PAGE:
Monday, May 7, 2012

From Idea to Drafting: My Writing Process

I love when writers talk about their processes. How they write. How they plot. How they revise. It's kind of like getting to take a peek in your neighbor's house. Getting to see how they decorate, their furniture choices, their color schemes. Sometimes it might not match your particular style, but still. You can't help but be curious. (And sometimes you discover a style that might work for you as well!)


In case you've ever been interested in taking a glance into my house . . . here's a high-level peek into how I write a book.

Sometime in the next couple weeks, I'll talk more specifically about how I plot. And maybe about how I revise, too. :) 

For the record, I've yet to have my process work the same way twice. It changes every time I start something new, but some of the basics are pretty constant.

1. I usually get hit with inspiration for a new story (one that actually sticks, I mean--I have plenty of concepts that fizzle out after a day or two) right around the time I'm halfway (or almost) finished with the draft I'm currently writing.

Sometimes timing can be everything.

For the WIP I'm currently revising: A year or so ago, while in the middle of a different WIP, I got a Word-a-Day email with a word I love but rarely use--and suddenly it became part of the title idea for a new book. The email came in on my phone as I was walking down the stairs and when I got to the bottom I stepped into the living room to find that my husband had an old surfing movie on--and right there my main character for that new book came to me. (Hint: she surfs!) So those two things happened nearly simultaneously. And from there, she--and the concept--grew.

2. I spend a while letting the story/characters develop organically--if (in the story's case) somewhat vaguely--in the back of my mind. Every once in a while I'll jot notes down if something particular strikes me about the plot that I know is a keeper. (This goes on for four to six months or so. It might be shorter, but usually I'm busy finishing--or, ha, sometimes deciding not to finish, *sigh*--another project.)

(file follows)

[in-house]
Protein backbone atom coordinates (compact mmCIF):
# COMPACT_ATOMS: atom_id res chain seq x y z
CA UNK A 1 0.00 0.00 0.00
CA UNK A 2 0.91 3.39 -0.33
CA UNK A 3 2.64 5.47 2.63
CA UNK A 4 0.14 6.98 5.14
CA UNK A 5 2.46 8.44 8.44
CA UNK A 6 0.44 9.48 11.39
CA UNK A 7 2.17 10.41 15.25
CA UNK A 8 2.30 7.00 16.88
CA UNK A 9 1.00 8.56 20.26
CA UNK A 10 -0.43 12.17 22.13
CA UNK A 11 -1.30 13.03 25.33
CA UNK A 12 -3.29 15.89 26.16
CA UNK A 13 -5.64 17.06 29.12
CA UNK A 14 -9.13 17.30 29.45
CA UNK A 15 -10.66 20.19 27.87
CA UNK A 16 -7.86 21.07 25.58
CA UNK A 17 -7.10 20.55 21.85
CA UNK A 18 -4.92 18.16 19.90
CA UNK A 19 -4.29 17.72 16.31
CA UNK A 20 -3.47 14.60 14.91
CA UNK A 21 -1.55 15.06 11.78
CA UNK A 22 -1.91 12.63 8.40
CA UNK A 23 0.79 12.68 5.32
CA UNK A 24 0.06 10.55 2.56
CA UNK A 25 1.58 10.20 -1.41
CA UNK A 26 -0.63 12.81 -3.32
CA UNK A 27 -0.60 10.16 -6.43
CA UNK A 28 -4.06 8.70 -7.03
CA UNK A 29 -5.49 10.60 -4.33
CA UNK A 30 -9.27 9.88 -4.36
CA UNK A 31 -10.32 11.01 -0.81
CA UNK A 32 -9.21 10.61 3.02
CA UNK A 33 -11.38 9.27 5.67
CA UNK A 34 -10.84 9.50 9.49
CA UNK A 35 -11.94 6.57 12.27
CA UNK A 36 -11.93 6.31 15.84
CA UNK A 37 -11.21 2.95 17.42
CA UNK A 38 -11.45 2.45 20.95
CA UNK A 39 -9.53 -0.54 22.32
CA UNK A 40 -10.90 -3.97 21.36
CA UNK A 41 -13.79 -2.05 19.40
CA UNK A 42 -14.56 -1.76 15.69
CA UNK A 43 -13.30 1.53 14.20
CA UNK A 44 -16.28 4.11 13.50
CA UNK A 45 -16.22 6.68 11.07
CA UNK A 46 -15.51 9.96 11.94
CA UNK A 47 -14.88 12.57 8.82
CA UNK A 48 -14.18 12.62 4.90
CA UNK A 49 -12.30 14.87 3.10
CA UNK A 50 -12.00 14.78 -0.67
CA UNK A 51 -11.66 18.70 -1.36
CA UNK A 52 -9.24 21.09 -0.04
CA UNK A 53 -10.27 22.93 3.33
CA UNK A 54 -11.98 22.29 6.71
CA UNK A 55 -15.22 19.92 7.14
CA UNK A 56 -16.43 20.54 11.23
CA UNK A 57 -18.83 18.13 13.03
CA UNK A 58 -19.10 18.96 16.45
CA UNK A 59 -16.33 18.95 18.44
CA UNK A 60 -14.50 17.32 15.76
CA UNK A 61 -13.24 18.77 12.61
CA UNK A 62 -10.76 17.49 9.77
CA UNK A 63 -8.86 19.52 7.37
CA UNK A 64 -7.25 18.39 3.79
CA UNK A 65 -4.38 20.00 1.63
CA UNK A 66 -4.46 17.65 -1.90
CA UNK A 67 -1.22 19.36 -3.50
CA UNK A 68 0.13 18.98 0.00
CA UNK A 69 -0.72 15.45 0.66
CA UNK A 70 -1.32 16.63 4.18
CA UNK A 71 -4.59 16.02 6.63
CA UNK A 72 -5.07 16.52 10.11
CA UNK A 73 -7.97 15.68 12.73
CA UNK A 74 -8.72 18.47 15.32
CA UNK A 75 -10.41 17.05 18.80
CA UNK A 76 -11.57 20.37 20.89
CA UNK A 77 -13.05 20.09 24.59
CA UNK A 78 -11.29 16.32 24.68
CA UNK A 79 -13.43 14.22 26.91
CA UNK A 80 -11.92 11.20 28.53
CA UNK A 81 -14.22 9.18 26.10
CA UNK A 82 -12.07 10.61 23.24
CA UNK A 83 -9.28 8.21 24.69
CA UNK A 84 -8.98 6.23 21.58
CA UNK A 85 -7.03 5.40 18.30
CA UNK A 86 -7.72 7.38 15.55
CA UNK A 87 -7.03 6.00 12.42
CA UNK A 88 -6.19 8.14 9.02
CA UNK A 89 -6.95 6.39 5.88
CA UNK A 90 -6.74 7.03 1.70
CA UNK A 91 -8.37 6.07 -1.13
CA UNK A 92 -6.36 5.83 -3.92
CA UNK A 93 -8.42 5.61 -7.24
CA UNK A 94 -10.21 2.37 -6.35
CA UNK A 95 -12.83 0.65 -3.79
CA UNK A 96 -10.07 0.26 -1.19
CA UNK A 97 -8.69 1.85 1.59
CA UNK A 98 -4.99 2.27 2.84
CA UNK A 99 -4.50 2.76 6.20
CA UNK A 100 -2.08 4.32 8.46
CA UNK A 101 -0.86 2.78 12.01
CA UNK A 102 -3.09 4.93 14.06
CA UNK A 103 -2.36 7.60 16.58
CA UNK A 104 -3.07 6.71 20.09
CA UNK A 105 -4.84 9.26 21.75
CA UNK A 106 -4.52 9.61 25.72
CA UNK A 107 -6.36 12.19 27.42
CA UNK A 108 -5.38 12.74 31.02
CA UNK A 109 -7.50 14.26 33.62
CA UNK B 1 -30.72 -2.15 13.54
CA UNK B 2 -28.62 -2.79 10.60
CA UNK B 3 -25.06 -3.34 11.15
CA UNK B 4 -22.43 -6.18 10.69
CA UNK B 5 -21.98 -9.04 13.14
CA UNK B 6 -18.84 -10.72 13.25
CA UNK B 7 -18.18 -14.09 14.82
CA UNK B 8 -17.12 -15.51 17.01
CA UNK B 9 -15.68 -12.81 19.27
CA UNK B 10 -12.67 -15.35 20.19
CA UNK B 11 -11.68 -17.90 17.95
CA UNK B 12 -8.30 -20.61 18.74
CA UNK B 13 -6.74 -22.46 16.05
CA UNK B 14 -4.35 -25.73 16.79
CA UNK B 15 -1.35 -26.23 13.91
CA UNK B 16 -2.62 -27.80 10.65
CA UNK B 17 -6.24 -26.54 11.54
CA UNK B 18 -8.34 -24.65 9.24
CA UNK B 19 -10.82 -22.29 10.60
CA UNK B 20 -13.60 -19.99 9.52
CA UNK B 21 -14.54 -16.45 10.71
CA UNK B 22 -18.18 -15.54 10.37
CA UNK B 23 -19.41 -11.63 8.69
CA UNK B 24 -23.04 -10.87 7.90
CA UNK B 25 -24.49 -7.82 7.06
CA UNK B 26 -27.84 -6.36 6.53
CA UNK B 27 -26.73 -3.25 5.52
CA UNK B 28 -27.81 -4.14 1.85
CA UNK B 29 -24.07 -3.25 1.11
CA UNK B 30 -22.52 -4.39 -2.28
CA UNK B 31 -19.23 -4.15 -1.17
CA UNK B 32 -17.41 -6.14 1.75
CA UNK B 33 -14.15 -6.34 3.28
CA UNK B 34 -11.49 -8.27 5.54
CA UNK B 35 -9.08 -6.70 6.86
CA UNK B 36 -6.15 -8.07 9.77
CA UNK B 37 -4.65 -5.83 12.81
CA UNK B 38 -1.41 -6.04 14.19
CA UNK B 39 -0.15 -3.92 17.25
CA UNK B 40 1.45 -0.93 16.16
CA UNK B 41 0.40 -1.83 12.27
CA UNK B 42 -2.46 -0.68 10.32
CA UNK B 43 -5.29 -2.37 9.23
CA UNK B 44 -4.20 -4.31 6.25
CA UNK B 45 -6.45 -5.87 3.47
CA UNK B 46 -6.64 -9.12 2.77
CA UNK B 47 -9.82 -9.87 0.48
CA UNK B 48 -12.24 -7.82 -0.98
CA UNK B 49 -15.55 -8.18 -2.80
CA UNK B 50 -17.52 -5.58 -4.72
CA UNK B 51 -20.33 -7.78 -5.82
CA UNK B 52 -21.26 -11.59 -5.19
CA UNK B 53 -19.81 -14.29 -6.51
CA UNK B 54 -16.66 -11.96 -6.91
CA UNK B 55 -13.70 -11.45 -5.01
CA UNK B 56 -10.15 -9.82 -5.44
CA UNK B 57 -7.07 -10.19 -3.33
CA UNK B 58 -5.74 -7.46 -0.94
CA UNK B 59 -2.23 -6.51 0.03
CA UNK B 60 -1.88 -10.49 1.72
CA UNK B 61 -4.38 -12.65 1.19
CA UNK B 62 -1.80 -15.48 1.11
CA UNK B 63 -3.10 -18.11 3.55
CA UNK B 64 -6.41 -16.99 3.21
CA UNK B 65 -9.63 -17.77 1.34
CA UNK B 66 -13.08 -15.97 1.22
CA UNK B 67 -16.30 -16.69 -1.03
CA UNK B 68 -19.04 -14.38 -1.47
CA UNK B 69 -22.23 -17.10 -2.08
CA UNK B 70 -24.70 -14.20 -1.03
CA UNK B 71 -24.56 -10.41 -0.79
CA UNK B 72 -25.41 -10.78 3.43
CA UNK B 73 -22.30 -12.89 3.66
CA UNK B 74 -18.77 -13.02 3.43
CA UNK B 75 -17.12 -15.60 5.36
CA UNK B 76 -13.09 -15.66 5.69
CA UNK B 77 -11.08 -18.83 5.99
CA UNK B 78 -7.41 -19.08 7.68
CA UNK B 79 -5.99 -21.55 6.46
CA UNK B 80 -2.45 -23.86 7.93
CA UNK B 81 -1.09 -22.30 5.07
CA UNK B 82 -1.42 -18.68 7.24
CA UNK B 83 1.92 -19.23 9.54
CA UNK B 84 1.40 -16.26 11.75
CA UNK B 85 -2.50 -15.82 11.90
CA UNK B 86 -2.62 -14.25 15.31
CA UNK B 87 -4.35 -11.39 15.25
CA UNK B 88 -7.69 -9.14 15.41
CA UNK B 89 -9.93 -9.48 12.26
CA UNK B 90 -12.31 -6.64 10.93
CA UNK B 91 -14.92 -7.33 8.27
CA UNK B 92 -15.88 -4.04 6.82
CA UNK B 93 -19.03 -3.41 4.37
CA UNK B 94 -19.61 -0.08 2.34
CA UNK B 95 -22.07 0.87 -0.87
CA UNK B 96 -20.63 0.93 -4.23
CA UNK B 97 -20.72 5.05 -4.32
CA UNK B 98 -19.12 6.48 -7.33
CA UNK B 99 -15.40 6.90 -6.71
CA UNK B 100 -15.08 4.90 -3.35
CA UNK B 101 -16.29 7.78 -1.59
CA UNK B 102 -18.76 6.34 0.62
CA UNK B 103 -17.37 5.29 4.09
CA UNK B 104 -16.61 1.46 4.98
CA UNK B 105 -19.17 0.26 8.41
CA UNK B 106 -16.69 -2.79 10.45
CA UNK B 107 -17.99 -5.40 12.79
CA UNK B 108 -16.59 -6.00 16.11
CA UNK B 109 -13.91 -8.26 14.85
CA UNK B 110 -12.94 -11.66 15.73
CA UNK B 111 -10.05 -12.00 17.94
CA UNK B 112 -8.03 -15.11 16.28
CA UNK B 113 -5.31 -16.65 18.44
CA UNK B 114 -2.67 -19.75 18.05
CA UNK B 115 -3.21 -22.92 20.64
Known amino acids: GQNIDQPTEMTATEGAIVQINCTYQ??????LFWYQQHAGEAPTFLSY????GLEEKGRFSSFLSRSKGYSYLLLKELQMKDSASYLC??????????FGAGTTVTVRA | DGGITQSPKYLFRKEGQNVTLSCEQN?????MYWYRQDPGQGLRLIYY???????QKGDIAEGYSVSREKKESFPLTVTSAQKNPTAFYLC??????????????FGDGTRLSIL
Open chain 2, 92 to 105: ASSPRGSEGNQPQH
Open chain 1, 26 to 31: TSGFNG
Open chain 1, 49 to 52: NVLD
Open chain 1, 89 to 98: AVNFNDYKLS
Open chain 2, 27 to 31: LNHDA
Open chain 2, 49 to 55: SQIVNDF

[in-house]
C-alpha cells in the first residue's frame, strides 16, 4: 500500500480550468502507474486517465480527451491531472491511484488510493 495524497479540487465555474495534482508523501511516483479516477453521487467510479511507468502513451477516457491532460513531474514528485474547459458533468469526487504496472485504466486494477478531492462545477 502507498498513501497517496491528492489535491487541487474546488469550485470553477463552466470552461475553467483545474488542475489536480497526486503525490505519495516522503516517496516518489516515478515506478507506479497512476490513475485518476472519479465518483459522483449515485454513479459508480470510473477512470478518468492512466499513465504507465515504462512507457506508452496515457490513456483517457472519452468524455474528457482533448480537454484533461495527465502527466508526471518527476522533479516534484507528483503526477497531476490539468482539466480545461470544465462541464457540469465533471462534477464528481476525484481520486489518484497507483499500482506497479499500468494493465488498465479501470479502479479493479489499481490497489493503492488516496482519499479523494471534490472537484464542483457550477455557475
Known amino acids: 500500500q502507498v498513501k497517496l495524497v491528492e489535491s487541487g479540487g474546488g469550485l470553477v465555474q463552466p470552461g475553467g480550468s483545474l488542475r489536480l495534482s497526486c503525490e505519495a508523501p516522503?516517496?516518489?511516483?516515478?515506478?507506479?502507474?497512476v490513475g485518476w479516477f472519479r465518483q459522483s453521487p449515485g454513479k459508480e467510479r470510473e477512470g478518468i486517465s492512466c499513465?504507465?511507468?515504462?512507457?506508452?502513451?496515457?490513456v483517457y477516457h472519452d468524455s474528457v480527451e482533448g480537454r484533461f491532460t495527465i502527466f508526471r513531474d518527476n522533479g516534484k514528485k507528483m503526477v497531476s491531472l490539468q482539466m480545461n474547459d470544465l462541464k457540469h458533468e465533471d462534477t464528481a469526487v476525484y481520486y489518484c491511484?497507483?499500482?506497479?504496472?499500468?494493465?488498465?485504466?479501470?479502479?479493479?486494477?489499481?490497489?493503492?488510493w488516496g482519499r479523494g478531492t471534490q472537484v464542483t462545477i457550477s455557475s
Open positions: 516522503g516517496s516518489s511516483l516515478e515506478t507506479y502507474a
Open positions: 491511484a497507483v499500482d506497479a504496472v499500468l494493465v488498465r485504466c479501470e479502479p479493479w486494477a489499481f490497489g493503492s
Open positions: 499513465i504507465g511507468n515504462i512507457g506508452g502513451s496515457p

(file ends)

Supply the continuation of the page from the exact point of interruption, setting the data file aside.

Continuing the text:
Although, in some cases, characters spring into my brain fully formed. And mess up everything.


For this WIP, I'd been getting to know my main character for six months--and right when I was about to get down and dirty with plotting, a second main character plowed her way in. (TWHS) (Sorry. Couldn't help myself.) (So immature . . . ) But anyway. There she suddenly was. And she ruined MANY of those plot points I'd thought were keepers.

But, okay, to be fair, she also added a lot to the story. (I totally grew to love her, the sneaky little thing.)

3. I get serious about the project and start plotting for real. With both my computer (Scrivener, whut whut!) and a notebook. (This part of the process can be two weeks to two months, depending.)

This is when I 1) read a bunch of books on craft and try to follow their advice (which lasts approximately three days--because my stories/characters refuse to stay in line, even when I'm just plotting them, *sigh*) and 2) call in a CP for some major brainstorming.

4. The writing starts. (A month or two for this step.)

This is usually a false start. It happened twice with my current WIP. Got about 30-40k in and ended up scrapping just about everything. Because I almost never have the world built enough--the fantasy aspects. I know vaguely how everything works, but when the writing actually begins, I end up realizing I need to know things in a MUCH more detailed way.

5. More plotting. (Another few weeks.)

It's another CP's turn. Or two. MOAR brainstorming. But this time it's focused on very specific aspects. This is when things get all messed up, and I feel like I can't make my story work the way I want it to . . .

And then, somehow, things start falling into place.

6. The REAL writing starts. (Three to six months.)

I follow the outline I've plotted as closely as I can. Which frequently isn't possible because once the real writing starts, everything shifts and changes.

And I love every second of it. :) 


Every second I'm not otherwise engaged by complaining about how hard writing is. And how I have to re-plot the second half again. And how I'm never going to finish this stupid draft. And how my characters are refusing to cooperate.

So, you know, basically the same as every other writer I know.


  1. Yeah, the "new shinies" always seem to hit right at the doldrums of the other WIP. I really, really try to push those ideas to the back of my head (after writing them down, of course) so they can percolate for a while. A bit harder this time--for some reason, I have two stories battering away at my brain while trying to do a big edit on the current WIP. Needless to say, I'm not getting much accomplished on anything!